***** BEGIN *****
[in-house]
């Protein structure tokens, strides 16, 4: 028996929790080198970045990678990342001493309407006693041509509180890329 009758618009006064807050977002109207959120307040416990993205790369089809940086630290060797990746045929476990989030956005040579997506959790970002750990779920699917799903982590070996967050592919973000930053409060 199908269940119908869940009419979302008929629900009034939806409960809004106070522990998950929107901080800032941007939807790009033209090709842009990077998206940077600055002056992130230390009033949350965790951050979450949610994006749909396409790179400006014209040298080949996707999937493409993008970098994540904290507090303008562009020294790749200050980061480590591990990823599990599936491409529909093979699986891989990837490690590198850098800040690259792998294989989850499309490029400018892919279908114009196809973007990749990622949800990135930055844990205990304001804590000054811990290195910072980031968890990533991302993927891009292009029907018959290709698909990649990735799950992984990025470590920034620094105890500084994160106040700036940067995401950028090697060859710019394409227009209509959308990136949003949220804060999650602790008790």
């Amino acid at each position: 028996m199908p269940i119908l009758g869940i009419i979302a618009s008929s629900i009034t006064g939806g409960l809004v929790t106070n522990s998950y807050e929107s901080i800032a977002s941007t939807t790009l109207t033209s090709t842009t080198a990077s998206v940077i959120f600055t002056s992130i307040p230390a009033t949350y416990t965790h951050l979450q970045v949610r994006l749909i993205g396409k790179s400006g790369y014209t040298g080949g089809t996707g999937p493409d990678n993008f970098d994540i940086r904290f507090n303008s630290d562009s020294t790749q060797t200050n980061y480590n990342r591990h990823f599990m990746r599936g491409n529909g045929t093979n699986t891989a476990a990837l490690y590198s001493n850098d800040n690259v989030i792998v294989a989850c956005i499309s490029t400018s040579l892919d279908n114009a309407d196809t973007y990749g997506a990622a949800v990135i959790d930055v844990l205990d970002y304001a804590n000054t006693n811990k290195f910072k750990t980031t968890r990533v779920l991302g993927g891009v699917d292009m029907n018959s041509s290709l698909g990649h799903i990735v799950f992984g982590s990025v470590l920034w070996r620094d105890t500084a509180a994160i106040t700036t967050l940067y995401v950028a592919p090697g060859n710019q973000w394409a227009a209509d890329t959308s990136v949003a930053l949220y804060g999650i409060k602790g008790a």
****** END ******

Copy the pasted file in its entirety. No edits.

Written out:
[in-house]
């Protein structure tokens, strides 16, 4: 028996929790080198970045990678990342001493309407006693041509509180890329 009758618009006064807050977002109207959120307040416990993205790369089809940086630290060797990746045929476990989030956005040579997506959790970002750990779920699917799903982590070996967050592919973000930053409060 199908269940119908869940009419979302008929629900009034939806409960809004106070522990998950929107901080800032941007939807790009033209090709842009990077998206940077600055002056992130230390009033949350965790951050979450949610994006749909396409790179400006014209040298080949996707999937493409993008970098994540904290507090303008562009020294790749200050980061480590591990990823599990599936491409529909093979699986891989990837490690590198850098800040690259792998294989989850499309490029400018892919279908114009196809973007990749990622949800990135930055844990205990304001804590000054811990290195910072980031968890990533991302993927891009292009029907018959290709698909990649990735799950992984990025470590920034620094105890500084994160106040700036940067995401950028090697060859710019394409227009209509959308990136949003949220804060999650602790008790």
């Amino acid at each position: 028996m199908p269940i119908l009758g869940i009419i979302a618009s008929s629900i009034t006064g939806g409960l809004v929790t106070n522990s998950y807050e929107s901080i800032a977002s941007t939807t790009l109207t033209s090709t842009t080198a990077s998206v940077i959120f600055t002056s992130i307040p230390a009033t949350y416990t965790h951050l979450q970045v949610r994006l749909i993205g396409k790179s400006g790369y014209t040298g080949g089809t996707g999937p493409d990678n993008f970098d994540i940086r904290f507090n303008s630290d562009s020294t790749q060797t200050n980061y480590n990342r591990h990823f599990m990746r599936g491409n529909g045929t093979n699986t891989a476990a990837l490690y590198s001493n850098d800040n690259v989030i792998v294989a989850c956005i499309s490029t400018s040579l892919d279908n114009a309407d196809t973007y990749g997506a990622a949800v990135i959790d930055v844990l205990d970002y304001a804590n000054t006693n811990k290195f910072k750990t980031t968890r990533v779920l991302g993927g891009v699917d292009m029907n018959s041509s290709l698909g990649h799903i990735v799950f992984g982590s990025v470590l920034w070996r620094d105890t500084a509180a994160i106040t700036t967050l940067y995401v950028a592919p090697g060859n710019q973000w394409a227009a209509d890329t959308s990136v949003a930053l949220y804060g999650i409060k602790g008790a």